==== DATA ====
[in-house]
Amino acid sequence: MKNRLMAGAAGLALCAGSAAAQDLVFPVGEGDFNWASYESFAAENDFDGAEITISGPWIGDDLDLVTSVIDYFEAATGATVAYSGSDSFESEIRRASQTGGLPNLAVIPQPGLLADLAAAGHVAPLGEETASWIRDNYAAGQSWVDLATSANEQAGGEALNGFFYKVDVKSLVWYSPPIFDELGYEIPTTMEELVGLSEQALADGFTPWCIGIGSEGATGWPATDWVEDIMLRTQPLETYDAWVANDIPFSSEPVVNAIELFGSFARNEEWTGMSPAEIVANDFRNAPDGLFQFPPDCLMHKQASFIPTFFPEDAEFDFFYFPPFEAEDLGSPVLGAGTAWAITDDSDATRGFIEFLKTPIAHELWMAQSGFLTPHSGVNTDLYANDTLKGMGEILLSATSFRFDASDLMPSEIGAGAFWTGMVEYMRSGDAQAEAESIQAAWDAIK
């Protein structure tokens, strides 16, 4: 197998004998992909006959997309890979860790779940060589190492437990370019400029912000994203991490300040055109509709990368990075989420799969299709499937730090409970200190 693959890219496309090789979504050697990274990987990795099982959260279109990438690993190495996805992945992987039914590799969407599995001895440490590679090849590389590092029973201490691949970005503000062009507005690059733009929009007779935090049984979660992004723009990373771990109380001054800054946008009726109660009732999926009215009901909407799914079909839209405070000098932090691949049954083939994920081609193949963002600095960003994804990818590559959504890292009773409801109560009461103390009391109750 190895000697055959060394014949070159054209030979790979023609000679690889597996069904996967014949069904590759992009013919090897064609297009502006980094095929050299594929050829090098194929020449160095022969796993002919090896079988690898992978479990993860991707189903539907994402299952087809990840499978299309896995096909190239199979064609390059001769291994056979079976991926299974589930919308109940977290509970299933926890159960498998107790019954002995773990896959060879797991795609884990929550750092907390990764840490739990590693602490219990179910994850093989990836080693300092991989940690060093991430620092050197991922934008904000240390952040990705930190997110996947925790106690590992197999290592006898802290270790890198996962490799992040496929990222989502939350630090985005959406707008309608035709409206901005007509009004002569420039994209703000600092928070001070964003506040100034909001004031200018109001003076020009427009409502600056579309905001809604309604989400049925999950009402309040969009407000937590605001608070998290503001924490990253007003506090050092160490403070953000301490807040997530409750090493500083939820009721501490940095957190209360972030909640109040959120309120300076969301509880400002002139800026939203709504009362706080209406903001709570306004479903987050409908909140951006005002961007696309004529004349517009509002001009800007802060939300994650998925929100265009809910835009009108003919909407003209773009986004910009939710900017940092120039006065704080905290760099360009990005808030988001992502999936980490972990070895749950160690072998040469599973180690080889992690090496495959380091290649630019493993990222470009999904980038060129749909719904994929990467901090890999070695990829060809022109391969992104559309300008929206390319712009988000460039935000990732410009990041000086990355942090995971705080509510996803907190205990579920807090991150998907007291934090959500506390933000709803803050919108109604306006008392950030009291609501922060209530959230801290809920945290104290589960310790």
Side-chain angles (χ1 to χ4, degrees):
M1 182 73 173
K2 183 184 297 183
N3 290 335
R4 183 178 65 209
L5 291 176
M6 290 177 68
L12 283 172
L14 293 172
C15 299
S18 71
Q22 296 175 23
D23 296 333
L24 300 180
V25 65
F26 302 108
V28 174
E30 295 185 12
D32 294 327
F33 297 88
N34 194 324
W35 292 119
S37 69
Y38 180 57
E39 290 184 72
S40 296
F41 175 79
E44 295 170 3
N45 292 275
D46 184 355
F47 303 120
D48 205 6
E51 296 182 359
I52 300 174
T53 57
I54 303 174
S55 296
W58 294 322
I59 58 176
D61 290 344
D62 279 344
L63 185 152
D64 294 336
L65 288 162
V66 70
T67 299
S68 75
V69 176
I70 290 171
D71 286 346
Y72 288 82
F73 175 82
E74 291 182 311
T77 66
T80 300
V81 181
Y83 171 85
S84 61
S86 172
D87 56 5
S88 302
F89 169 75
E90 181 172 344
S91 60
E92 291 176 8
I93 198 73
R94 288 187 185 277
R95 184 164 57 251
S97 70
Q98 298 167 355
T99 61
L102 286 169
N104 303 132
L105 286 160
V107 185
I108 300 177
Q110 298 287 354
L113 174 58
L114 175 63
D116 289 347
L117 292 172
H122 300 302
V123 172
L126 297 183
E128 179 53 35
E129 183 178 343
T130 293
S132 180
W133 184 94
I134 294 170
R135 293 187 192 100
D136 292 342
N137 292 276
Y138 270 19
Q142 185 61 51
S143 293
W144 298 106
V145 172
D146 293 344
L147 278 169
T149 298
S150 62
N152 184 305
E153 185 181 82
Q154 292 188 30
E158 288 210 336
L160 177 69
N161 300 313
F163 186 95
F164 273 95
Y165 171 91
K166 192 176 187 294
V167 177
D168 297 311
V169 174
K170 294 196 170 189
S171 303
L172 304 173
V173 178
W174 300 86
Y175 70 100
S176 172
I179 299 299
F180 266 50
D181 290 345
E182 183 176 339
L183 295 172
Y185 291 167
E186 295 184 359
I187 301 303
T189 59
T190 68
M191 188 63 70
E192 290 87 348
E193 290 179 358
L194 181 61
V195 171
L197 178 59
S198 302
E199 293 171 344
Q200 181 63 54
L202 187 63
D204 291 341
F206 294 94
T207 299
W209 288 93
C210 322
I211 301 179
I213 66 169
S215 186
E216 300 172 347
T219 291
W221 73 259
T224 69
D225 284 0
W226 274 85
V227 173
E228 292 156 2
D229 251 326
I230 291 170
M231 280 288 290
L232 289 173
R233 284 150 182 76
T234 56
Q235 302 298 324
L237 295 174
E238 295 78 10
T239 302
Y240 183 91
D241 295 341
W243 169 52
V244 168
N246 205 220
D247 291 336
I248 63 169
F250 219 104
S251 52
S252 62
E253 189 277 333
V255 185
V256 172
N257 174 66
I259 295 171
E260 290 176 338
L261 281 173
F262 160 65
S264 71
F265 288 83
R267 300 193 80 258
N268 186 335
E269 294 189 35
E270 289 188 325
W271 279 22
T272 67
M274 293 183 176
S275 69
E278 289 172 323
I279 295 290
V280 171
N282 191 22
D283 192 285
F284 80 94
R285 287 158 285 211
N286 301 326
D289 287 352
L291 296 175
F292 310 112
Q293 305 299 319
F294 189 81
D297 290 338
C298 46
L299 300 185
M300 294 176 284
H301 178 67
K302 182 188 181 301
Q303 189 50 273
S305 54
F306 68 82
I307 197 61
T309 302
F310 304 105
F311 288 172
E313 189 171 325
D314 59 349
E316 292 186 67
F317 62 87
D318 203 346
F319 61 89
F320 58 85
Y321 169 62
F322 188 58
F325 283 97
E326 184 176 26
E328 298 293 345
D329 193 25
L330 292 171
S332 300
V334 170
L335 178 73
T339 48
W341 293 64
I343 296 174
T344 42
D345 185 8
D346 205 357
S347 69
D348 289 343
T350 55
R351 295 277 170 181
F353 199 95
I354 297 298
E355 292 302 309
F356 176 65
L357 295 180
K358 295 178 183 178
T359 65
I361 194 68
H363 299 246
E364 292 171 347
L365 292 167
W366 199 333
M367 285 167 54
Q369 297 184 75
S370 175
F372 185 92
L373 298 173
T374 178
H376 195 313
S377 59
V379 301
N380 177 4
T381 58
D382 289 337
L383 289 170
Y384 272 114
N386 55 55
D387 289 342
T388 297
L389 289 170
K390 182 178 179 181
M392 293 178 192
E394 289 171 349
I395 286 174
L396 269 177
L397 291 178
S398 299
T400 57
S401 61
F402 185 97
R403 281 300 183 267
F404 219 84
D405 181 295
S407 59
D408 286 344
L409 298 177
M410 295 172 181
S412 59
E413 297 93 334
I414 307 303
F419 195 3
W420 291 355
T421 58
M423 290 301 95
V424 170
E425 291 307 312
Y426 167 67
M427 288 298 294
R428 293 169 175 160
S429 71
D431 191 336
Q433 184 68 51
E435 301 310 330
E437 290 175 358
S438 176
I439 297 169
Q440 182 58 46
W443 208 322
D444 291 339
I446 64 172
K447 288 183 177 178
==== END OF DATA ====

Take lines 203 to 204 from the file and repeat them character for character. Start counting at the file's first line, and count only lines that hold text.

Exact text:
N282 191 22
D283 192 285